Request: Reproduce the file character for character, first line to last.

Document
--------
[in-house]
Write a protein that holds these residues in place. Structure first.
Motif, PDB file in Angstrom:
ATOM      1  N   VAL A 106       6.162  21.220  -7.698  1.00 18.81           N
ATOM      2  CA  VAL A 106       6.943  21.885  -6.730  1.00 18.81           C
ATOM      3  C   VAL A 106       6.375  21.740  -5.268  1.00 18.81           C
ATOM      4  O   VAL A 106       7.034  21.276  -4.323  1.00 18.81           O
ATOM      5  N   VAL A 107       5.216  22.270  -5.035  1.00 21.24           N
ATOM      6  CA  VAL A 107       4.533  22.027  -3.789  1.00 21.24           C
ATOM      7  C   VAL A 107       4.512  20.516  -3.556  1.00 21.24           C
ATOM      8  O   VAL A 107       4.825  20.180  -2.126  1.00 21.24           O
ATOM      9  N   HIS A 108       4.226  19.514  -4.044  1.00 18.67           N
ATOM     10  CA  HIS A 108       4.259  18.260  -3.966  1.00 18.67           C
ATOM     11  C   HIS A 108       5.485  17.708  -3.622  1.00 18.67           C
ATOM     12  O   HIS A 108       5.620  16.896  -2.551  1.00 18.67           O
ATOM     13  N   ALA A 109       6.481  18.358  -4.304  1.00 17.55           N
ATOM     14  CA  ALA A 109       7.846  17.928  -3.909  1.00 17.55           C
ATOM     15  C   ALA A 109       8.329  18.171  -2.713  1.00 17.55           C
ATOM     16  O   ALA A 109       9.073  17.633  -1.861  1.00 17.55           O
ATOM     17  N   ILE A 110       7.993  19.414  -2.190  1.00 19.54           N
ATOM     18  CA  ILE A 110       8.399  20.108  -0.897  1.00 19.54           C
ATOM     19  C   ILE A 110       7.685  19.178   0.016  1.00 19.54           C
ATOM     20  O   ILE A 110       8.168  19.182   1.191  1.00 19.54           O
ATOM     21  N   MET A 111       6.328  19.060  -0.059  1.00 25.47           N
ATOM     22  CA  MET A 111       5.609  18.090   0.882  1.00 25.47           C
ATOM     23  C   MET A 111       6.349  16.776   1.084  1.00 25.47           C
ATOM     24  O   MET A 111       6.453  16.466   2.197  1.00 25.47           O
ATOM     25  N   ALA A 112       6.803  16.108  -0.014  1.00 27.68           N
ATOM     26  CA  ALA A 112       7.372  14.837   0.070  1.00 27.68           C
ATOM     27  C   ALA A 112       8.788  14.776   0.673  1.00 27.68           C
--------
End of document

[in-house]
Write a protein that holds these residues in place. Structure first.
Motif, PDB file in Angstrom:
ATOM      1  N   VAL A 106       6.162  21.220  -7.698  1.00 18.81           N
ATOM      2  CA  VAL A 106       6.943  21.885  -6.730  1.00 18.81           C
ATOM      3  C   VAL A 106       6.375  21.740  -5.268  1.00 18.81           C
ATOM      4  O   VAL A 106       7.034  21.276  -4.323  1.00 18.81           O
ATOM      5  N   VAL A 107       5.216  22.270  -5.035  1.00 21.24           N
ATOM      6  CA  VAL A 107       4.533  22.027  -3.789  1.00 21.24           C
ATOM      7  C   VAL A 107       4.512  20.516  -3.556  1.00 21.24           C
ATOM      8  O   VAL A 107       4.825  20.180  -2.126  1.00 21.24           O
ATOM      9  N   HIS A 108       4.226  19.514  -4.044  1.00 18.67           N
ATOM     10  CA  HIS A 108       4.259  18.260  -3.966  1.00 18.67           C
ATOM     11  C   HIS A 108       5.485  17.708  -3.622  1.00 18.67           C
ATOM     12  O   HIS A 108       5.620  16.896  -2.551  1.00 18.67           O
ATOM     13  N   ALA A 109       6.481  18.358  -4.304  1.00 17.55           N
ATOM     14  CA  ALA A 109       7.846  17.928  -3.909  1.00 17.55           C
ATOM     15  C   ALA A 109       8.329  18.171  -2.713  1.00 17.55           C
ATOM     16  O   ALA A 109       9.073  17.633  -1.861  1.00 17.55           O
ATOM     17  N   ILE A 110       7.993  19.414  -2.190  1.00 19.54           N
ATOM     18  CA  ILE A 110       8.399  20.108  -0.897  1.00 19.54           C
ATOM     19  C   ILE A 110       7.685  19.178   0.016  1.00 19.54           C
ATOM     20  O   ILE A 110       8.168  19.182   1.191  1.00 19.54           O
ATOM     21  N   MET A 111       6.328  19.060  -0.059  1.00 25.47           N
ATOM     22  CA  MET A 111       5.609  18.090   0.882  1.00 25.47           C
ATOM     23  C   MET A 111       6.349  16.776   1.084  1.00 25.47           C
ATOM     24  O   MET A 111       6.453  16.466   2.197  1.00 25.47           O
ATOM     25  N   ALA A 112       6.803  16.108  -0.014  1.00 27.68           N
ATOM     26  CA  ALA A 112       7.372  14.837   0.070  1.00 27.68           C
ATOM     27  C   ALA A 112       8.788  14.776   0.673  1.00 27.68           C